18

I'm pretty sure the answer is no for Visa/MC and basically no for Amex, and it's actually illegal in some states, but what if they just rephrase it as "We're giving you a discount if you choose to pay cash!"...

  • It's common practice at gas stations in (at least to my knowledge), MA and CT: money.stackexchange.com/questions/3207/… – bstpierre Aug 27 '10 at 15:15
  • Could you be more specific about which country you mean? In Australia for example, it's legal for a merchant to charge a fee if a customer use a CC. – dkam Aug 2 '11 at 17:51
16

This isn't so much a legal issue, the prohibition on giving discounts was written into the merchant agreements that most of the major credit card companies enforced on businesses that accepted their credit cards.

That is, until the recent Financial Reform Bill (2010) passed Congress. It changes everything. (The logic on this is a little convoluted, so read carefully)

  • Credit card companies can no longer prohibit merchants from requiring a minimum purchase amount to use a credit card. Meaning: That if merchants want to, they can now stop taking credit cards for a $4 latte.

  • Credit card companies can no longer prohibit merchants from giving discounts for cash.

Here is an article with a lot more detail: Financial Reform Bill Good News for Credit Card Holders

Here is a link to the actual bill details and content: HR 4173 - Dodd-Frank Wall Street Reform and Consumer Protection Act

Here is the relevant part:

(A) IN GENERAL.—
    A payment card network shall not, directly or
    through any agent, processor, or licensed member
    of the network, by contract, requirement,
    condition, penalty, or otherwise, inhibit the
    ability—   
     (i)  of any person to set a minimum dollar
          value for the acceptance by that person of
          credit cards, to the extent that —  
          (I)  such minimum dollar value does not
               differentiate between issuers or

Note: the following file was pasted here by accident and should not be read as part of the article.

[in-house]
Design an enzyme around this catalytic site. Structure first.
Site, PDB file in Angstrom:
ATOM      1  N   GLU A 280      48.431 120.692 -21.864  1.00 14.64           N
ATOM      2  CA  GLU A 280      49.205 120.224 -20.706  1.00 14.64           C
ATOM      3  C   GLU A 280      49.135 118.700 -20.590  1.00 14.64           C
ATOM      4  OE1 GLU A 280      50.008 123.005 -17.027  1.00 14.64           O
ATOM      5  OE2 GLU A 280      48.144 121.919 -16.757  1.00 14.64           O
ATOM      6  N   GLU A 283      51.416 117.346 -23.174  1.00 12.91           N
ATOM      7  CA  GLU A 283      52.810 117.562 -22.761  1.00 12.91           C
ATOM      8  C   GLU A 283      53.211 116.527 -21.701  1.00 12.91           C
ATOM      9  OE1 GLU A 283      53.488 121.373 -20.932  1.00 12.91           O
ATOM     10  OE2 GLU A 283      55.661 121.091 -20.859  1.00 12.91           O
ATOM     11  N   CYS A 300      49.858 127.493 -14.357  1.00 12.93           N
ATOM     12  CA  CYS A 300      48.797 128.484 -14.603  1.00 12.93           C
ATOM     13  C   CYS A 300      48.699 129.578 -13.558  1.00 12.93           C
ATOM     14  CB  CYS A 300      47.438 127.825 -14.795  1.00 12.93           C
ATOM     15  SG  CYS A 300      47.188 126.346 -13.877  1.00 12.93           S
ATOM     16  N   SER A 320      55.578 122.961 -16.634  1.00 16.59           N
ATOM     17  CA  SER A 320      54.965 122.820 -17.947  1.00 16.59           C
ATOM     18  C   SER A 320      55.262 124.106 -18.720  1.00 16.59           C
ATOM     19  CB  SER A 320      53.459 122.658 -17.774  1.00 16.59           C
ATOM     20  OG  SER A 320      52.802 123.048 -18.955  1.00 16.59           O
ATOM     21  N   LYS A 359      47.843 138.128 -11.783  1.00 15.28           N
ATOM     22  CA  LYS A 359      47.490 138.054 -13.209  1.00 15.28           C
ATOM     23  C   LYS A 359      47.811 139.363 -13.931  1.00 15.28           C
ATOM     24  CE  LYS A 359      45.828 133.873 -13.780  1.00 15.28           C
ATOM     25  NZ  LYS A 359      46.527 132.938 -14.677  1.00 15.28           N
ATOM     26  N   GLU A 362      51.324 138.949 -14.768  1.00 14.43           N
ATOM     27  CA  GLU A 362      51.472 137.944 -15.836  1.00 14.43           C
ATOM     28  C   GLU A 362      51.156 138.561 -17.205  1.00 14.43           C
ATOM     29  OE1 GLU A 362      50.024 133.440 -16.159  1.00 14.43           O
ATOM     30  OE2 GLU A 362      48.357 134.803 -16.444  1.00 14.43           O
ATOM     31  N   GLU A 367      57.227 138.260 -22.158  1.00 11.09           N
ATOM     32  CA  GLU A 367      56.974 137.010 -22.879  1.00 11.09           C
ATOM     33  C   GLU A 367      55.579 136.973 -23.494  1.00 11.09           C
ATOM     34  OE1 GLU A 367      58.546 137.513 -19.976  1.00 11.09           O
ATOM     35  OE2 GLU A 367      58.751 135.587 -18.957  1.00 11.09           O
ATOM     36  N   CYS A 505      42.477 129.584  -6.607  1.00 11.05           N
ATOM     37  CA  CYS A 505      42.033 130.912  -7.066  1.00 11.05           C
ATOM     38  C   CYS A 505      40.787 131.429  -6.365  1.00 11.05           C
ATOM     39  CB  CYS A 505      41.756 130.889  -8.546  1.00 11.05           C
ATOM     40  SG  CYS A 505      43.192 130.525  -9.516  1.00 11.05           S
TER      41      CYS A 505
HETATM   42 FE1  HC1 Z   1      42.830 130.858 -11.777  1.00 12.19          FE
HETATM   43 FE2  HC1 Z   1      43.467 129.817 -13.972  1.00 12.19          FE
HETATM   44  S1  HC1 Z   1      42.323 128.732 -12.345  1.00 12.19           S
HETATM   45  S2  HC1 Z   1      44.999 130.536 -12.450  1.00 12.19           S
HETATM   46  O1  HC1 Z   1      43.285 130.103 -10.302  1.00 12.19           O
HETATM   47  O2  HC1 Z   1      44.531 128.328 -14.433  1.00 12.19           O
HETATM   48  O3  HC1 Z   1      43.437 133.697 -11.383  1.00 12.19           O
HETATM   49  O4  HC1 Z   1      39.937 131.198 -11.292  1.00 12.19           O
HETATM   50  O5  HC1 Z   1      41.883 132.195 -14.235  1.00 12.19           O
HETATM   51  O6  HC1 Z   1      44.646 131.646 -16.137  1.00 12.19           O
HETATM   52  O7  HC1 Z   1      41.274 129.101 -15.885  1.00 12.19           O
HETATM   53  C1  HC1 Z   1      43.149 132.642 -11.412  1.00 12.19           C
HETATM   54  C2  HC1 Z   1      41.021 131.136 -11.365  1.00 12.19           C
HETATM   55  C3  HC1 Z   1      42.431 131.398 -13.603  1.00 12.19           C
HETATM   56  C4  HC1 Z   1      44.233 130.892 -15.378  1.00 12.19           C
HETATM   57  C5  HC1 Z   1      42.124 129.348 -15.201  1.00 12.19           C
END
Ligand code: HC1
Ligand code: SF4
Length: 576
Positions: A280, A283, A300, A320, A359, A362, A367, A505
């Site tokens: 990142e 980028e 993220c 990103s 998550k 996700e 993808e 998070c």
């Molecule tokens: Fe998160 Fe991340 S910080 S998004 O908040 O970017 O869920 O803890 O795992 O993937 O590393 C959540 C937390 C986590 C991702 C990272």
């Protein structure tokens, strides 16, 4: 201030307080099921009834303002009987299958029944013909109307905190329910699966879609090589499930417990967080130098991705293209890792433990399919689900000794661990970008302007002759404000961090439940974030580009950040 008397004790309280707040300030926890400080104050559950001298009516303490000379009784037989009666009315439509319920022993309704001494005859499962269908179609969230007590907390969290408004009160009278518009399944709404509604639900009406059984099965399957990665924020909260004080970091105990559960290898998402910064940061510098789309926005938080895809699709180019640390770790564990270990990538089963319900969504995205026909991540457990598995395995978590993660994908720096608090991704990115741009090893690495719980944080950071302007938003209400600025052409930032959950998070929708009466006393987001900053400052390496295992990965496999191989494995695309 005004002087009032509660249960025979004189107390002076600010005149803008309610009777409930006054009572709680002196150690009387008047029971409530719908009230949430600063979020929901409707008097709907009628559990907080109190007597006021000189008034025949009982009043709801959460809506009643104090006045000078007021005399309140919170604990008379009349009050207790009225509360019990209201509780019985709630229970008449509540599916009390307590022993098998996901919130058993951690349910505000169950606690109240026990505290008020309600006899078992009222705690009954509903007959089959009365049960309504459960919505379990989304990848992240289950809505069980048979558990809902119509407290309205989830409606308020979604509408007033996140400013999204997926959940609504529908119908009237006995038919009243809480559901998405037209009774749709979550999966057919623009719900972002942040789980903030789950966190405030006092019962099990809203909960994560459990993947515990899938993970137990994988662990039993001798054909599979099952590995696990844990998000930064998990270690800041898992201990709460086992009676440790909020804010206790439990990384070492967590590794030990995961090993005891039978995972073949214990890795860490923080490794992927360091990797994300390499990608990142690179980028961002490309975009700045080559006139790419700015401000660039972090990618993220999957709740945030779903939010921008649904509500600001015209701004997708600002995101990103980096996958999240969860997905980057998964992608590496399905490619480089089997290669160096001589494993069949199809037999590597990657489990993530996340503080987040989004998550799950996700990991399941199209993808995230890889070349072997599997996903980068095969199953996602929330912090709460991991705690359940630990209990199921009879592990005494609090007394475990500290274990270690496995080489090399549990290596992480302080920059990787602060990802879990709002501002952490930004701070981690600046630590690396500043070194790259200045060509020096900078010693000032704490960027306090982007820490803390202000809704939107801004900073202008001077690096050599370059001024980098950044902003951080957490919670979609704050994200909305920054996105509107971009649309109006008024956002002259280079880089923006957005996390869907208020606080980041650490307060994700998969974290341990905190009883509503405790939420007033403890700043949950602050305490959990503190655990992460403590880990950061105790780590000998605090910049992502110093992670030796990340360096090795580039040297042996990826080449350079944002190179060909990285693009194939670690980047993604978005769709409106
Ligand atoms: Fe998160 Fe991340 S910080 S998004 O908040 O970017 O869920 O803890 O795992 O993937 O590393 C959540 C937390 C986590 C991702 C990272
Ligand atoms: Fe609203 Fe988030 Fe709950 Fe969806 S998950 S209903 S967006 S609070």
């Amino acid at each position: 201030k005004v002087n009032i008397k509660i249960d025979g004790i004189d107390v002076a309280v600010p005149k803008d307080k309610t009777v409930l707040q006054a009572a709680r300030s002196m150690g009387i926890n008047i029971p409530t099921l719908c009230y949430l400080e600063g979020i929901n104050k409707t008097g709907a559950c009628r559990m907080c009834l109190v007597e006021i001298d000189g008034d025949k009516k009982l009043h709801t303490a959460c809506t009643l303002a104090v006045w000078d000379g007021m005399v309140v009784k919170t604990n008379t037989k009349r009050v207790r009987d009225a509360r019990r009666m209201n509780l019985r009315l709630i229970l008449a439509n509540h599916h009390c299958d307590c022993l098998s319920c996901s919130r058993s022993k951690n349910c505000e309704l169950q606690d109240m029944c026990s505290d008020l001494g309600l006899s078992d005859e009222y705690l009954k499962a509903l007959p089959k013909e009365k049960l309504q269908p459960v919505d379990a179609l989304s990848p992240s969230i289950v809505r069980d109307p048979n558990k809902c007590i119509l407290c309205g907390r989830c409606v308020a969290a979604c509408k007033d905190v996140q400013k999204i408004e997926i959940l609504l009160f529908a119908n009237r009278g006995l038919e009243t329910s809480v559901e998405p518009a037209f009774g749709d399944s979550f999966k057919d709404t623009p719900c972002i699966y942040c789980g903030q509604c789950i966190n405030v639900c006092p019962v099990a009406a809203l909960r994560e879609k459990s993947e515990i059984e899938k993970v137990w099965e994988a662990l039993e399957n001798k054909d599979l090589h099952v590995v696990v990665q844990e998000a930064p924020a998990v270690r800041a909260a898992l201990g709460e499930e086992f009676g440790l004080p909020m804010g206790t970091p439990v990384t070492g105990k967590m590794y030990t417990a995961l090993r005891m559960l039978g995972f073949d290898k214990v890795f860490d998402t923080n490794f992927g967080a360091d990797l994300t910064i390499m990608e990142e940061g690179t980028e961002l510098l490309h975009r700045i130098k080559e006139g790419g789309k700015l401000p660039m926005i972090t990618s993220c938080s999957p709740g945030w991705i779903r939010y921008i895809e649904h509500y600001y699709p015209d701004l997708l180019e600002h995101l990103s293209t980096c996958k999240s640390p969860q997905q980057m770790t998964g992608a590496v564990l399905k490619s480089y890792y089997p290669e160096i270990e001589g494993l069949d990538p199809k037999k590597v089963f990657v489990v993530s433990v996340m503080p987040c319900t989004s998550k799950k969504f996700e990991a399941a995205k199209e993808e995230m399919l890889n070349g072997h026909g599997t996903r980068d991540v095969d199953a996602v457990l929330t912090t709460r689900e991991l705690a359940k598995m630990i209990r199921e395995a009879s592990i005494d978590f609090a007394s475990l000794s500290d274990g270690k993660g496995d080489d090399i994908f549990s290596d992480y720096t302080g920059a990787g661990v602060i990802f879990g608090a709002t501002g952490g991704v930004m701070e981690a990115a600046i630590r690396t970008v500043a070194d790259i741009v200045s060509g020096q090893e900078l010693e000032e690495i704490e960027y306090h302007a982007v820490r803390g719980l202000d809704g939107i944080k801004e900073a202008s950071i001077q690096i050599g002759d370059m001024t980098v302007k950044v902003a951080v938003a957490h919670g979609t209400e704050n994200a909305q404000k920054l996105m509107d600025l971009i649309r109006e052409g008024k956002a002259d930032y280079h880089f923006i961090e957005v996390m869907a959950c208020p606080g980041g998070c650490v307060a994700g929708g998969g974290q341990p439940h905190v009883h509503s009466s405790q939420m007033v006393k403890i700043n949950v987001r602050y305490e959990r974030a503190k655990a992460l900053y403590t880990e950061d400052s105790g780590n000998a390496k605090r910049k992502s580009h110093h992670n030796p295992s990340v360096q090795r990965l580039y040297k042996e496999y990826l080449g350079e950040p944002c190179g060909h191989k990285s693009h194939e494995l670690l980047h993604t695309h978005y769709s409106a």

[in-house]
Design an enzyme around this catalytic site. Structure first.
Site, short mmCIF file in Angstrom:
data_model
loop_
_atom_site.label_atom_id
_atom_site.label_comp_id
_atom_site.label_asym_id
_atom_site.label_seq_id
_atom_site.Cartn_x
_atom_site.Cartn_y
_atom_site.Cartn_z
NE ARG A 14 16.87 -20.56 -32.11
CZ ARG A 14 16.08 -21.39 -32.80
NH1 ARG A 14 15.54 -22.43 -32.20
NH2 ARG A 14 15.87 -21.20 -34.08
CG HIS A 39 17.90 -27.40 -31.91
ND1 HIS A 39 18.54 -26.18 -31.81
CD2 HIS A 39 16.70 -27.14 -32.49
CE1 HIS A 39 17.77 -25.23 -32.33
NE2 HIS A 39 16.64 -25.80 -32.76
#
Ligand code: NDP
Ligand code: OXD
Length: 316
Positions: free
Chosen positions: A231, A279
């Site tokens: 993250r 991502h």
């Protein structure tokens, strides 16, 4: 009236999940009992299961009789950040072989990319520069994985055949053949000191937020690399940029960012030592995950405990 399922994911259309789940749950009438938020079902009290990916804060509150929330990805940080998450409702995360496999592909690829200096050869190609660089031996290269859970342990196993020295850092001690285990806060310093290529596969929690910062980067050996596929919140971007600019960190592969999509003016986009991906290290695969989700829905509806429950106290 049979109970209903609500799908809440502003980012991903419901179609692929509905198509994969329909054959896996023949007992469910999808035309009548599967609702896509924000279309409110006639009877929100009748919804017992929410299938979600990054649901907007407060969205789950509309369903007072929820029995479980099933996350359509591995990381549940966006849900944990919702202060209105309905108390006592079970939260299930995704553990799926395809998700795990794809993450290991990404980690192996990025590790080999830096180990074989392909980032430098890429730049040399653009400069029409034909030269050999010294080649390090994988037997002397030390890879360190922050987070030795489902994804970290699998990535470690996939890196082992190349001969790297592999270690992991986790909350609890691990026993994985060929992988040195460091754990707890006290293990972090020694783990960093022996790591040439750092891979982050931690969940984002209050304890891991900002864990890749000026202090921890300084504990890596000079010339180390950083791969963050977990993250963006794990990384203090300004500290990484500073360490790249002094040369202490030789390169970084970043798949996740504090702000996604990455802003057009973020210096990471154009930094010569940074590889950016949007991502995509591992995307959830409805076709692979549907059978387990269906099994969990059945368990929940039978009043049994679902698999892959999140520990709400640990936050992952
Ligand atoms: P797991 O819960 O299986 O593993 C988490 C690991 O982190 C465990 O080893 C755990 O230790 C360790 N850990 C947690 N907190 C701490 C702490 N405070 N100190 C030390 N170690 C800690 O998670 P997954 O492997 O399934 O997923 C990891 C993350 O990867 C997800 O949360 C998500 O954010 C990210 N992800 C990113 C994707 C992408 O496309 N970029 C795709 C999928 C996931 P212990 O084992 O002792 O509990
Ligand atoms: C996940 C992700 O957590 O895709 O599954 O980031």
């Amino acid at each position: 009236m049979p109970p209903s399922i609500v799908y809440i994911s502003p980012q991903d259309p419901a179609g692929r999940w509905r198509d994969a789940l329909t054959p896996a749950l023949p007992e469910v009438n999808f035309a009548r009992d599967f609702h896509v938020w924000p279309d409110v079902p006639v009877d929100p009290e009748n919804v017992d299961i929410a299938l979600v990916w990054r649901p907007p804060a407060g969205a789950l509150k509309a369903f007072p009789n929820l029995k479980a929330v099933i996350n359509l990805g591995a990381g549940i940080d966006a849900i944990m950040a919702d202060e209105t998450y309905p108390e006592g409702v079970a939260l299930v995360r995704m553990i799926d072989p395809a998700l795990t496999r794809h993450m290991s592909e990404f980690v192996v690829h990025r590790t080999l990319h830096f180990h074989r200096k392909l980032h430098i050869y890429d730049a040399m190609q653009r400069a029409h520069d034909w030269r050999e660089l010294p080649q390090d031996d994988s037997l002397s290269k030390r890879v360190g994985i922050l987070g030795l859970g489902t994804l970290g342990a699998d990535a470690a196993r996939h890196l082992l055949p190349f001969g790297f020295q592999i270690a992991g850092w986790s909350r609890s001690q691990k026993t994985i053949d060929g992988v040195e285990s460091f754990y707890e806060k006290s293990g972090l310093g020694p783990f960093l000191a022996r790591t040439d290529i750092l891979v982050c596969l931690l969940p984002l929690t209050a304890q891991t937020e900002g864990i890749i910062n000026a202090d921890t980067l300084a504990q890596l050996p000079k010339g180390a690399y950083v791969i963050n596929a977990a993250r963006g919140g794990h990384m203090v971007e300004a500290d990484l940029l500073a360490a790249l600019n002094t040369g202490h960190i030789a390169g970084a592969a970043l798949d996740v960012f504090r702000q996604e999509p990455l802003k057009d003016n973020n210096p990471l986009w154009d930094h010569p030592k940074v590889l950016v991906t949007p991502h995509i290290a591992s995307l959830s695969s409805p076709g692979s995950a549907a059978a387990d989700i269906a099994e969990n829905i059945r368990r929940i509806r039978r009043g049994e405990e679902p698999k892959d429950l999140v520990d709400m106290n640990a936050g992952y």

between payment card networks; and  
          (II) such minimum dollar value does not
               exceed $10.00; or  
     (ii) of any Federal agency or institution of
          higher education to set a maximum dollar
          value for the acceptance by that Federal
          agency or institution of higher education
          of credit cards, to the extent that such
          maximum dollar value does not differentiate
          between issuers or between payment card
          networks.

(B) INCREASE IN MINIMUM DOLLAR AMOUNT.—
    The Board may, by regulation prescribed pursuant
    to section 553 of title 5, United States Code,
    increase the amount of the dollar value listed in
    subparagraph (A)(i)(II). 

This subsection is supposed to take affect "at the end of the 12-month period beginning on the date of the enactment of the Consumer Financial Protection Act of 2010." In other words, July 21st, 2011.

  • do you know when these changes go into effect? I can't imagine that the big companies are unaware of them, but it doesn't appear that their policies have been altered yet. – theo Aug 27 '10 at 14:36
  • @theo - I updated my answer to include the bill text and the date it kicks in. – JohnFx Aug 27 '10 at 15:17
  • "Financial Reform Bill" link appears dead. – chux Oct 15 '18 at 15:40
8

I'm not sure about the laws in specific states. However it's part of their merchant agreement that they can not charge a fee for a customer paying with credit card. It's also against merchant agreements to require a minimum purchase to use a credit card, although this is less commonly enforced.

Apparently (http://fso.cpasitesolutions.com/premium/le/06_le_ic/fg/fg-merchants.html) merchants can offer a cash discount.

Offering payment by credit card, though practically a requirement in todays retail environment, is a privilege for the merchant. It's a way of making buying convenient for the customer. As a result, penalizing the customer in any way is not just against their agreement, but rather disingenuous as well.

edit: here's a bit more information about what they can and can't do. Amex prohibits discrimination, so if a merchant can't do something to a Visa/MC customer they can't do it to an Amex customer either. http://fso.cpasitesolutions.com/premium/le/06_le_ic/fg/fg-merchants.html

  • 2
    You are allowed to offer a cash discount (just not a credit upcharge). See cardratings.com/creditcardblog/blog/2007/04/… – Alex B Aug 26 '10 at 20:01
  • 2
    Apparently, Visa now allows a minimum purchase requirement: usa.visa.com/about_visa/ask_visa/index.html#anchor_4 – George Marian Aug 26 '10 at 20:12
  • Seems goofy that you can't add a surcharge, but you can give a cash discount. "Them: Sir, we have a 4% surcharge for credit cards" "You: What! That's illegal!" "Them: My mistake, I meant to say, your total is actually 4% higher, but we give you a discount if you use cash :P" – Michael Pryor Aug 26 '10 at 20:21
  • @Michael Pryor it does seem goofy but it's actually reasonable. The situation you describe can't happen. The price can not be changed, the merchant giving a cash discount is akin to using a coupon or loyalty program. The issue is that they can't charge the customer for using the card – theo Aug 26 '10 at 20:28
  • 1
    This answer was correct before the financial reform bill passed, but it is a whole new ballgame now. (See my answer) – JohnFx Aug 26 '10 at 22:40

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